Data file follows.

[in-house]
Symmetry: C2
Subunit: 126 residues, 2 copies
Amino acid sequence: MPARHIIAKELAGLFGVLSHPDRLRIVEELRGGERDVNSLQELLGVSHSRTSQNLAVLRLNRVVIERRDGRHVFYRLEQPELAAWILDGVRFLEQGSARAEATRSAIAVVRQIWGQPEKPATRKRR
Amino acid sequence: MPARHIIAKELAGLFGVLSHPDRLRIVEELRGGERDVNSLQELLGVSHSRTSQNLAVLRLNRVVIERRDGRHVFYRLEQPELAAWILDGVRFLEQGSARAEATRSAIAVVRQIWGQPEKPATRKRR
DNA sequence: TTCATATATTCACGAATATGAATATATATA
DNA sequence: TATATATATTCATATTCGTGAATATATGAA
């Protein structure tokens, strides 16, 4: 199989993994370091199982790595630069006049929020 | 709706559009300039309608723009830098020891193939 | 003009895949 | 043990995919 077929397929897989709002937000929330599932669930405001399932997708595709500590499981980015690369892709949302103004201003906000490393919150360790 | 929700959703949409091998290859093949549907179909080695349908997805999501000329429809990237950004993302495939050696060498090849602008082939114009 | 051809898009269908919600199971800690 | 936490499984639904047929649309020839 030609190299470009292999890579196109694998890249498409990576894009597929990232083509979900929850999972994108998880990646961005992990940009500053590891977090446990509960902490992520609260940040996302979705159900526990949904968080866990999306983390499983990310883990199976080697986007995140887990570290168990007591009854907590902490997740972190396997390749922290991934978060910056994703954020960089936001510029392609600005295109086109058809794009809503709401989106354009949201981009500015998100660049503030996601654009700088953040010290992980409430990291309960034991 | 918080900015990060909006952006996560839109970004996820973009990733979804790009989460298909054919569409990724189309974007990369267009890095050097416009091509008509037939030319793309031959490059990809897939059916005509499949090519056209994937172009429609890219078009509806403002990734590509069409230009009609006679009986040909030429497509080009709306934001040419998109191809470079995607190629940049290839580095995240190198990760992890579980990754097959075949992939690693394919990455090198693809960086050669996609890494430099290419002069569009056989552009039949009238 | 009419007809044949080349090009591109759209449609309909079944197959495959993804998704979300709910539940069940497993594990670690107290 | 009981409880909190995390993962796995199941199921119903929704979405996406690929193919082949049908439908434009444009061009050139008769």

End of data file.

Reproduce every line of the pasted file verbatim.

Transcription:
[in-house]
Symmetry: C2
Subunit: 126 residues, 2 copies
Amino acid sequence: MPARHIIAKELAGLFGVLSHPDRLRIVEELRGGERDVNSLQELLGVSHSRTSQNLAVLRLNRVVIERRDGRHVFYRLEQPELAAWILDGVRFLEQGSARAEATRSAIAVVRQIWGQPEKPATRKRR
Amino acid sequence: MPARHIIAKELAGLFGVLSHPDRLRIVEELRGGERDVNSLQELLGVSHSRTSQNLAVLRLNRVVIERRDGRHVFYRLEQPELAAWILDGVRFLEQGSARAEATRSAIAVVRQIWGQPEKPATRKRR
DNA sequence: TTCATATATTCACGAATATGAATATATATA
DNA sequence: TATATATATTCATATTCGTGAATATATGAA
């Protein structure tokens, strides 16, 4: 199989993994370091199982790595630069006049929020 | 709706559009300039309608723009830098020891193939 | 003009895949 | 043990995919 077929397929897989709002937000929330599932669930405001399932997708595709500590499981980015690369892709949302103004201003906000490393919150360790 | 929700959703949409091998290859093949549907179909080695349908997805999501000329429809990237950004993302495939050696060498090849602008082939114009 | 051809898009269908919600199971800690 | 936490499984639904047929649309020839 030609190299470009292999890579196109694998890249498409990576894009597929990232083509979900929850999972994108998880990646961005992990940009500053590891977090446990509960902490992520609260940040996302979705159900526990949904968080866990999306983390499983990310883990199976080697986007995140887990570290168990007591009854907590902490997740972190396997390749922290991934978060910056994703954020960089936001510029392609600005295109086109058809794009809503709401989106354009949201981009500015998100660049503030996601654009700088953040010290992980409430990291309960034991 | 918080900015990060909006952006996560839109970004996820973009990733979804790009989460298909054919569409990724189309974007990369267009890095050097416009091509008509037939030319793309031959490059990809897939059916005509499949090519056209994937172009429609890219078009509806403002990734590509069409230009009609006679009986040909030429497509080009709306934001040419998109191809470079995607190629940049290839580095995240190198990760992890579980990754097959075949992939690693394919990455090198693809960086050669996609890494430099290419002069569009056989552009039949009238 | 009419007809044949080349090009591109759209449609309909079944197959495959993804998704979300709910539940069940497993594990670690107290 | 009981409880909190995390993962796995199941199921119903929704979405996406690929193919082949049908439908434009444009061009050139008769």